Dynamics of Large Networks
, 2008
"... A basic premise behind the study of large networks is that interaction leads to complex collective behavior. In our work we found very interesting and counterintuitive patterns for time evolving networks, which change some of the basic assumptions that were made in the past. We then develop models ..."
Abstract

Cited by 33 (0 self)
 Add to MetaCart
A basic premise behind the study of large networks is that interaction leads to complex collective behavior. In our work we found very interesting and counterintuitive patterns for time evolving networks, which change some of the basic assumptions that were made in the past. We then develop models that explain processes which govern the network evolution, fit such models to real networks, and use them to generate realistic graphs or give formal explanations about their properties. In addition, our work has a wide range of applications: it can help us spot anomalous graphs and outliers, forecast future graph structure and run simulations of network evolution. Another important aspect of our research is the study of “local ” patterns and structures of propagation in networks. We aim to identify building blocks of the networks and find the patterns of influence that these blocks have on information or virus propagation over the network. Our recent work included the study of the spread of influence in a large persontoperson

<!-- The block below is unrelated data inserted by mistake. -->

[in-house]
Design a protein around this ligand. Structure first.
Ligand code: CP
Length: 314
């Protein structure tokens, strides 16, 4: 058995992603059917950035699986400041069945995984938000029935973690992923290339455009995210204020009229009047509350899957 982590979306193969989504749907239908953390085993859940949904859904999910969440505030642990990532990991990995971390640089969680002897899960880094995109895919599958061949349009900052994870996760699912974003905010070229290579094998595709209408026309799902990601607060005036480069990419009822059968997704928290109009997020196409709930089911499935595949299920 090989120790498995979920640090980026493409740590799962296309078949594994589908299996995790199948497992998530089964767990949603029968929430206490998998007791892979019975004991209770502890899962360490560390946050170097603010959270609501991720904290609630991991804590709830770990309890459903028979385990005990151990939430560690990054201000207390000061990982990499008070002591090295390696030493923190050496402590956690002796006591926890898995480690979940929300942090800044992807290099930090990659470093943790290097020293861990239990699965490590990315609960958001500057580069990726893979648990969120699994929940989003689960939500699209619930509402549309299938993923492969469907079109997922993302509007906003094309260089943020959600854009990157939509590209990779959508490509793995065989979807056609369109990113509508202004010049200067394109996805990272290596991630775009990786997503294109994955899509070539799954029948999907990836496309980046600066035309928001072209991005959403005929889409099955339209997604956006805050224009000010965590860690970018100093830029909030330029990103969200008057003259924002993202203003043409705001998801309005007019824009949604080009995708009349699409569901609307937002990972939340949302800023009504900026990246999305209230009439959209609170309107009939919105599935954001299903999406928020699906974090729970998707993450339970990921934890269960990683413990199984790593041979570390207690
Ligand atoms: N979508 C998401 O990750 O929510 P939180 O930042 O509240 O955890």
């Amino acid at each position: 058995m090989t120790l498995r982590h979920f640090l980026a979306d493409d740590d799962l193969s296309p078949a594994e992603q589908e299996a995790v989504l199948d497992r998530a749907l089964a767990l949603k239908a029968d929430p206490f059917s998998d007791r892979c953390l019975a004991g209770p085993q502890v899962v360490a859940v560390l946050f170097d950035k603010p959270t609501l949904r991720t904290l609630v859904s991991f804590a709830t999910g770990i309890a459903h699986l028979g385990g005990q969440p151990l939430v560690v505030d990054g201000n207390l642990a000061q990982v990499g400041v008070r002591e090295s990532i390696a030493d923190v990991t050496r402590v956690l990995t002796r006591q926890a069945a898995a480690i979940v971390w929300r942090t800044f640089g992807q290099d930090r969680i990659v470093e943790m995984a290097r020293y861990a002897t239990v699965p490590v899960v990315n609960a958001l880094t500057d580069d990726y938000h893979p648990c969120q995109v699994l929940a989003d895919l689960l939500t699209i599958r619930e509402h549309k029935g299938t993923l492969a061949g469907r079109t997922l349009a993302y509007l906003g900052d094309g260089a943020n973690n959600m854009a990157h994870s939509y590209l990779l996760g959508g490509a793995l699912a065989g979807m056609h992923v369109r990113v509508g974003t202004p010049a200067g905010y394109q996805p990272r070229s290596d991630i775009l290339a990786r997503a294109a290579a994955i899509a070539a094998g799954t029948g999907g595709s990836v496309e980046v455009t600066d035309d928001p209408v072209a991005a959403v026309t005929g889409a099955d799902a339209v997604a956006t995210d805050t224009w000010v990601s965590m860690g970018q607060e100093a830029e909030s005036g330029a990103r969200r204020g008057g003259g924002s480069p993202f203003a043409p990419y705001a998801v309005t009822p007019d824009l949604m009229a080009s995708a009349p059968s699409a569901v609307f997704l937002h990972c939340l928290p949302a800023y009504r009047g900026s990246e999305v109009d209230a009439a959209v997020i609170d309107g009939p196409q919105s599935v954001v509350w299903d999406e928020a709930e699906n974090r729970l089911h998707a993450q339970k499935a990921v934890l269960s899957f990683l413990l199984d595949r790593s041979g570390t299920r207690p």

HADI: Mining radii of large graphs
 ACM Transactions on Knowledge Discovery from Data
, 2010
"... Given large, multimillion node graphs (e.g., Facebook, webcrawls, etc.), how do they evolve over time? How are they connected? What are the central nodes and the outliers? In this paper we define the Radius plot of a graph and show how it can answer these questions. However, computing the Radius p ..."
Abstract

Cited by 33 (10 self)
 Add to MetaCart
(Show Context)
Given large, multimillion node graphs (e.g., Facebook, webcrawls, etc.), how do they evolve over time? How are they connected? What are the central nodes and the outliers? In this paper we define the Radius plot of a graph and show how it can answer these questions. However, computing the Radius plot is prohibitively expensive for graphs reaching the planetary scale. There are two major contributions in this paper: (a) We propose HADI (HAdoop DIameter and radii estimator), a carefully designed and finetuned algorithm to compute the radii and the diameter of massive graphs, that runs on the top of the Hadoop/MapReduce system, with excellent scaleup on the number of available machines (b) We run HADI on several real world datasets including YahooWeb (6B edges, 1/8 of a Terabyte), one of the largest public graphs ever analyzed. Thanks to HADI, we report fascinating patterns on large networks, like the surprisingly small effective diameter, the multimodal/bimodal shape of the Radius plot, and its palindrome motion over time.